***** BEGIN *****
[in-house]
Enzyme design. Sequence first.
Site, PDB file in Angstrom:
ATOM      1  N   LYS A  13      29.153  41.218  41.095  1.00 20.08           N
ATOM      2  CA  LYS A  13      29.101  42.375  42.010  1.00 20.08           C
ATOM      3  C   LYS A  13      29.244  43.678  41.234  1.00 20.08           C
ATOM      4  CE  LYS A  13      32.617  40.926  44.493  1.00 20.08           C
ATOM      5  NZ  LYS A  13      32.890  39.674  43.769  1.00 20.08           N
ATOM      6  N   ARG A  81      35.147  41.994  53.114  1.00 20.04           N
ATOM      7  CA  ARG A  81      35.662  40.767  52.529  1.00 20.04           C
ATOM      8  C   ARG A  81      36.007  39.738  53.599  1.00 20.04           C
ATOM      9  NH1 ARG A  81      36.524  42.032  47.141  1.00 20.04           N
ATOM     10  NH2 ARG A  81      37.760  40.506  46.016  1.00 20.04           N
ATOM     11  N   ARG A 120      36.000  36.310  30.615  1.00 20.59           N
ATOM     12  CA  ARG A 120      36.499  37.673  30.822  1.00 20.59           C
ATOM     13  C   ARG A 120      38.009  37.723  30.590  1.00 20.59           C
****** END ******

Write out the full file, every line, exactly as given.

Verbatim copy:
[in-house]
Enzyme design. Sequence first.
Site, PDB file in Angstrom:
ATOM      1  N   LYS A  13      29.153  41.218  41.095  1.00 20.08           N
ATOM      2  CA  LYS A  13      29.101  42.375  42.010  1.00 20.08           C
ATOM      3  C   LYS A  13      29.244  43.678  41.234  1.00 20.08           C
ATOM      4  CE  LYS A  13      32.617  40.926  44.493  1.00 20.08           C
ATOM      5  NZ  LYS A  13      32.890  39.674  43.769  1.00 20.08           N
ATOM      6  N   ARG A  81      35.147  41.994  53.114  1.00 20.04           N
ATOM      7  CA  ARG A  81      35.662  40.767  52.529  1.00 20.04           C
ATOM      8  C   ARG A  81      36.007  39.738  53.599  1.00 20.04           C
ATOM      9  NH1 ARG A  81      36.524  42.032  47.141  1.00 20.04           N
ATOM     10  NH2 ARG A  81      37.760  40.506  46.016  1.00 20.04           N
ATOM     11  N   ARG A 120      36.000  36.310  30.615  1.00 20.59           N
ATOM     12  CA  ARG A 120      36.499  37.673  30.822  1.00 20.59           C
ATOM     13  C   ARG A 120      38.009  37.723  30.590  1.00 20.59           C